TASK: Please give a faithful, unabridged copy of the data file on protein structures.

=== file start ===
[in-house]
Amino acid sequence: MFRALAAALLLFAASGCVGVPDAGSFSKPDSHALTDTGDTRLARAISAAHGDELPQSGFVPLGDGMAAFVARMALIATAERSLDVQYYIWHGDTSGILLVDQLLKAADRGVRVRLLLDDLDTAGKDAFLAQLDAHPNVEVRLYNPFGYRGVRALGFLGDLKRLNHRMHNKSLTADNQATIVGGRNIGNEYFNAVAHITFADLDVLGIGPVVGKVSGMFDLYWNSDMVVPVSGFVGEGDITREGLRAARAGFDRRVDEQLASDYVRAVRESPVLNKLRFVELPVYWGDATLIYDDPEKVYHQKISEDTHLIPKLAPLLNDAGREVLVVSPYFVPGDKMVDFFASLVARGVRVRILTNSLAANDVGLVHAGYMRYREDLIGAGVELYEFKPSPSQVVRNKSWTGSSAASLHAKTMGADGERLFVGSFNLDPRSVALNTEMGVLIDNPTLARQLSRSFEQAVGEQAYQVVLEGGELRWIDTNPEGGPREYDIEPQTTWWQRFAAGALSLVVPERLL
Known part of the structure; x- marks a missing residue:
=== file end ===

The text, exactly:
[in-house]
Amino acid sequence: MFRALAAALLLFAASGCVGVPDAGSFSKPDSHALTDTGDTRLARAISAAHGDELPQSGFVPLGDGMAAFVARMALIATAERSLDVQYYIWHGDTSGILLVDQLLKAADRGVRVRLLLDDLDTAGKDAFLAQLDAHPNVEVRLYNPFGYRGVRALGFLGDLKRLNHRMHNKSLTADNQATIVGGRNIGNEYFNAVAHITFADLDVLGIGPVVGKVSGMFDLYWNSDMVVPVSGFVGEGDITREGLRAARAGFDRRVDEQLASDYVRAVRESPVLNKLRFVELPVYWGDATLIYDDPEKVYHQKISEDTHLIPKLAPLLNDAGREVLVVSPYFVPGDKMVDFFASLVARGVRVRILTNSLAANDVGLVHAGYMRYREDLIGAGVELYEFKPSPSQVVRNKSWTGSSAASLHAKTMGADGERLFVGSFNLDPRSVALNTEMGVLIDNPTLARQLSRSFEQAVGEQAYQVVLEGGELRWIDTNPEGGPREYDIEPQTTWWQRFAAGALSLVVPERLL
Known part of the structure; x- marks a missing residue: